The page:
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Renowned French organist Marie-Claire Alain has died

Features - Classical Music

Renowned French organist Marie-Claire Alain has died

by Clive Paget on February 27, 2013 (February 27, 2013) filed under Classical Music | Comment Now
One of the last of her generation, and a pupil of Dupré and Duruflé, passes away at 86.

Gifted with a phenomenal memory that allowed her to perform substantial scores from memory, Marie-Claire Alain had a wide repertoire of music, from the Baroque to works by her contemporaries. A respected teacher, she also found time for the ‘studio’ leaving behind a legacy of several hundred recordings.

Marie-Claire Alain was the youngest in a family of highly distinguished musicians. Her father, Albert Alain had been a pupil of Guilmant, Vierne and Fauré, while her oldest brother was the composer and organist Jehan Alain. The loss of her brother in combat during WWII affected Marie-Claire profoundly.

Alain made her debut in Saint-Germain-en-Laye at the age of 11. She went on to  study at the Paris Conservatoire from 1944 with Marcel Dupré as her organ teacher and Maurice Duruflé teaching her harmony. While at the Conservatoire she carried off four Premier Prix. She made her formal debut in Paris in 1950, going on to win the Geneva International Competition and the Bach Prize from the Amis de Orgue.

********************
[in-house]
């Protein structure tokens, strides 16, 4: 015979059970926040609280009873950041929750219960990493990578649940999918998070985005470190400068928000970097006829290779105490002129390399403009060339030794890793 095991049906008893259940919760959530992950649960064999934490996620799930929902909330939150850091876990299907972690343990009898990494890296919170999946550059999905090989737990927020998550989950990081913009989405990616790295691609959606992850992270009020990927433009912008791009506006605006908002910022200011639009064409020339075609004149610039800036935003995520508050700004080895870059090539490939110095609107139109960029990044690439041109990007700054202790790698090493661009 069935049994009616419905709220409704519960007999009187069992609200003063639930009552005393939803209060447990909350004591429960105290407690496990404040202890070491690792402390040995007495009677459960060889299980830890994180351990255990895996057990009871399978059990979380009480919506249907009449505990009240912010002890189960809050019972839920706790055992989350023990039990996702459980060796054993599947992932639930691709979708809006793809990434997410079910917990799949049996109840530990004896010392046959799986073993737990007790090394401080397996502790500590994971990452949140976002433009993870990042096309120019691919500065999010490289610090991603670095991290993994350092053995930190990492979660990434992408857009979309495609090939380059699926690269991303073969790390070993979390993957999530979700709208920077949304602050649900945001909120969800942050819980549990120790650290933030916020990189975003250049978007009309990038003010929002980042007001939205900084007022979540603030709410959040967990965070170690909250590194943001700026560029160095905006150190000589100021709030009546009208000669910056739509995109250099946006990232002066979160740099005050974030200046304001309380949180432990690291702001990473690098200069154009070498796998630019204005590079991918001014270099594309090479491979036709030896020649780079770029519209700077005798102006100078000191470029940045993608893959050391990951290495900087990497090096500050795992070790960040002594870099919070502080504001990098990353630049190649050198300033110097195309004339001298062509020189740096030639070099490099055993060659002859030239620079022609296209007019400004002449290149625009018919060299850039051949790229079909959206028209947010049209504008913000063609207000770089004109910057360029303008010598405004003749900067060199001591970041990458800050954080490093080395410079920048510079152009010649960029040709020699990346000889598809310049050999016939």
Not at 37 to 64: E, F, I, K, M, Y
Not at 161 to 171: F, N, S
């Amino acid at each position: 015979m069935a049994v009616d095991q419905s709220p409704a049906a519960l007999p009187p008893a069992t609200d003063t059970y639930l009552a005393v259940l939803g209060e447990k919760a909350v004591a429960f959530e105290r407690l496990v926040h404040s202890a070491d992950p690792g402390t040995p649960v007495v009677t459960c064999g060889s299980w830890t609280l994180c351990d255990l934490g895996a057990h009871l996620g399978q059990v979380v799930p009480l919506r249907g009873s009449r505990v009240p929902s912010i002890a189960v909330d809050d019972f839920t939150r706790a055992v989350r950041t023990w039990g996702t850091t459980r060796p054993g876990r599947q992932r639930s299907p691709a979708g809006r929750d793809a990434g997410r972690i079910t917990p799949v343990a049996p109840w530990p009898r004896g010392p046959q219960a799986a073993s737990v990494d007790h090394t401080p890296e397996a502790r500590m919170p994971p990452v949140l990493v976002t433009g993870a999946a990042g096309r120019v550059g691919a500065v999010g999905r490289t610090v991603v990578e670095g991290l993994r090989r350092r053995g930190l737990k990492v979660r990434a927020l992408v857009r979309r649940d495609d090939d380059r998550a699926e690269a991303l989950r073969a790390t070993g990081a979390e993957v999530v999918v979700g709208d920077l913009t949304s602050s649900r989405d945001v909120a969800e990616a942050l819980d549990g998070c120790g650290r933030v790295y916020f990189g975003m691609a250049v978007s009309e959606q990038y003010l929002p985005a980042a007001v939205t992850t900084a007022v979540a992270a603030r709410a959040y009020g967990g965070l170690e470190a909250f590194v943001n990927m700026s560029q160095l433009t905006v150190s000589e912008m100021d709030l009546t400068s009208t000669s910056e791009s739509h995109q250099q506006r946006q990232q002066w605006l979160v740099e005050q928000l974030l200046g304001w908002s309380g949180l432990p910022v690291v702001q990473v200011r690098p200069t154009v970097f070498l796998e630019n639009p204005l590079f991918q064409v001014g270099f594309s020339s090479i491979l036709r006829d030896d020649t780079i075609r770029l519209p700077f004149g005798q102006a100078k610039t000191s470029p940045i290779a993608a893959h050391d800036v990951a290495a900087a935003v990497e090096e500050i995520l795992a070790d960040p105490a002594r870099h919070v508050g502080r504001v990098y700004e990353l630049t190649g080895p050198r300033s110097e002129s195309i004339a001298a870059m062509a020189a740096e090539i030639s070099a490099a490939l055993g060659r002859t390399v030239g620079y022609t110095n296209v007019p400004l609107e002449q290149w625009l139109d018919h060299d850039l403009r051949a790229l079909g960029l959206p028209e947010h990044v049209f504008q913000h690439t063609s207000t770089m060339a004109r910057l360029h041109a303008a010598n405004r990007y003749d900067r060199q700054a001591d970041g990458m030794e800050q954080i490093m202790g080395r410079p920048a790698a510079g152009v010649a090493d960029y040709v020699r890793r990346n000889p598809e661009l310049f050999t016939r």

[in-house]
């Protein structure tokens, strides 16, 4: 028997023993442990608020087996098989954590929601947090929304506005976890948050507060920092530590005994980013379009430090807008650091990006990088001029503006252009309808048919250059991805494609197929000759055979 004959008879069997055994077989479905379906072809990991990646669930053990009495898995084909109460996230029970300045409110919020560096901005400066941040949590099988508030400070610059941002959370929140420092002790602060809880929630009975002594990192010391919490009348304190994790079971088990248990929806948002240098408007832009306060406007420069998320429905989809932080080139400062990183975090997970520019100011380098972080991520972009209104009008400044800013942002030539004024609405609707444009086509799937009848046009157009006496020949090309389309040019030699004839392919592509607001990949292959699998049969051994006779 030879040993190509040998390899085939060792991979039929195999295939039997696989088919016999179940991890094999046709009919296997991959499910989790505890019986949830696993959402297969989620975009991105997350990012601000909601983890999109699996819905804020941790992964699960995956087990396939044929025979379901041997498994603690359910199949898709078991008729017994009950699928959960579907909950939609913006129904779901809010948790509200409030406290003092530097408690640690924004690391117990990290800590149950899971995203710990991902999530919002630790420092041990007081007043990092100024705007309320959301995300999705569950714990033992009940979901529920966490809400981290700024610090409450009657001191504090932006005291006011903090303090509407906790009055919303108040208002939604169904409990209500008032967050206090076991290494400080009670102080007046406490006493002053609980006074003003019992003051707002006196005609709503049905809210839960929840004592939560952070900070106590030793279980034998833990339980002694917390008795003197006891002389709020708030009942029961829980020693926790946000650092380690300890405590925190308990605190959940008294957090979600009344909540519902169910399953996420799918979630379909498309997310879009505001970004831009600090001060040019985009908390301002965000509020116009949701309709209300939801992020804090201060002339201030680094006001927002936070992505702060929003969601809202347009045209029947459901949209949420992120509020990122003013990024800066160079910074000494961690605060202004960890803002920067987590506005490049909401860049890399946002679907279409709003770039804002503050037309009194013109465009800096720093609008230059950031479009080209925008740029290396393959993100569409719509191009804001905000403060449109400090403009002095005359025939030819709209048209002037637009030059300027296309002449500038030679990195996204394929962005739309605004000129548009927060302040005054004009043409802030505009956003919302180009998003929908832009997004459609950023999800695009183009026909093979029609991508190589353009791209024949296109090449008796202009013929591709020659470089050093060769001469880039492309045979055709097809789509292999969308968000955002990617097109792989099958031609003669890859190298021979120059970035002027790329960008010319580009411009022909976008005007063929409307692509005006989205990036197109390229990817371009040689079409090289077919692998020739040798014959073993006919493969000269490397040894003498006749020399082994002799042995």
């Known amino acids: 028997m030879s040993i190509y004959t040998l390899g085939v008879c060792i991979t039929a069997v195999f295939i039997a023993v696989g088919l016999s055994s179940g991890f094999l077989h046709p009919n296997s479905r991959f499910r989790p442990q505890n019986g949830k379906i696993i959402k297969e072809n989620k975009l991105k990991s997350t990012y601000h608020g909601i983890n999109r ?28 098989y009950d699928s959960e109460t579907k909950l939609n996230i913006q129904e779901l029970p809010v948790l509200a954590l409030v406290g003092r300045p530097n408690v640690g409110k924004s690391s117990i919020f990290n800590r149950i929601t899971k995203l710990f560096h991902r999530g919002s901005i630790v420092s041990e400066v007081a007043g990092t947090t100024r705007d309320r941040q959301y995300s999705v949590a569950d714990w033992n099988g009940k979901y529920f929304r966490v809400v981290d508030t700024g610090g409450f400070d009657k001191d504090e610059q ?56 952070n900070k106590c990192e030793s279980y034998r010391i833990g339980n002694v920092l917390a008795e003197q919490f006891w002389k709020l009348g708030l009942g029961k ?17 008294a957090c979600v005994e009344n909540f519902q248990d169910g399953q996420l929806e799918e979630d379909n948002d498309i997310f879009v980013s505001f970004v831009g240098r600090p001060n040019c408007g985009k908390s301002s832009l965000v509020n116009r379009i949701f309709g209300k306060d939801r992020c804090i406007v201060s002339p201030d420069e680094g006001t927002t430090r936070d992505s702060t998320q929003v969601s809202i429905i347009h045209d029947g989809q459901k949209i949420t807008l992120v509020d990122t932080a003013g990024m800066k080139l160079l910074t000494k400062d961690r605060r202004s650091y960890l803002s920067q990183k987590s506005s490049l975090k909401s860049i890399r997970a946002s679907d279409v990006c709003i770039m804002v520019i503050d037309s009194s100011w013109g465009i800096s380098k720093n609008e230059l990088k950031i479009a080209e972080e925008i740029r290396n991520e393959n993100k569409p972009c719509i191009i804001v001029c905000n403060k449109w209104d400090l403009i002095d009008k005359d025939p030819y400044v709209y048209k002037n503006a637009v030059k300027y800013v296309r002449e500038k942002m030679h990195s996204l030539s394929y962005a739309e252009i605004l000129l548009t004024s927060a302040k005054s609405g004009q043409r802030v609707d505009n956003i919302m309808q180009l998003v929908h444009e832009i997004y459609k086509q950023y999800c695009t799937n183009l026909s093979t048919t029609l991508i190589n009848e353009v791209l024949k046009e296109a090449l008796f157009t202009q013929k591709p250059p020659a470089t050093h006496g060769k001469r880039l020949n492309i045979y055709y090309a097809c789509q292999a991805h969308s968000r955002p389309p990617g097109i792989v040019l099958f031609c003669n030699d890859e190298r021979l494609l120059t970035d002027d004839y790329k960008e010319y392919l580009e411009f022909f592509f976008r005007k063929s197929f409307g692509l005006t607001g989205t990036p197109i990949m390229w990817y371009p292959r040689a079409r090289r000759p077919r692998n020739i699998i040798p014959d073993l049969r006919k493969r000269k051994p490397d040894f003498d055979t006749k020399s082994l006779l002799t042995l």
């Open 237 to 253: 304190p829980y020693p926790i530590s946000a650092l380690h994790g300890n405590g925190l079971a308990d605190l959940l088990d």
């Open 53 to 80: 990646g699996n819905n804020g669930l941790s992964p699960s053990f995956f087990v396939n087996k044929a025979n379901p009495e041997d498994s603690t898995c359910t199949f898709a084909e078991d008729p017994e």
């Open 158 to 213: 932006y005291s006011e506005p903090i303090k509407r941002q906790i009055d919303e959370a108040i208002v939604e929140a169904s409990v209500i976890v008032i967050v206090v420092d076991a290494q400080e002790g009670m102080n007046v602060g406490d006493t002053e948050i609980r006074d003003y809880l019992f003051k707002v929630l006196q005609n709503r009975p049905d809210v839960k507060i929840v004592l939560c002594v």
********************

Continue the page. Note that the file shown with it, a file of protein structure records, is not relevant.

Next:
During a distinguished career she gave more than 2,000 recitals worldwide. She was a prolific touring artist, both in Europe and the USA. Her repertoire embraced music of the Baroque, including Couperin, Vivaldi, Buxtehude, Pachelbel and Handel. Her classical repertoire included CPE Bach, Haydn and Mozart while from the romantic period she was a noted interpreter of Mendelssohn, Franck, Liszt and Widor. Her more contemporary repertoire embraced Vierne, Poulenc and her late brother, Jehan Alain.

A renowned teacher, her impressive list of pupils includes Thomas Trotter. She also gave master-classes worldwide and had a long, fruitful association with the St Albans International Organ Festival.

Alain recorded the complete works of Johann Sebastian Bach on three separate occasions, one of only two organists ever to achieve this feat (the other was the Swiss organist Lionel Rogg). Her legacy also includes complete cycles by over a dozen other major composers as well as individual important works. As of a few years ago she could lay claim to being the most-recorded organist in the world.

Marie-Claire Alain was born on August 10, 1926. She died on February 26, 2013, aged 86.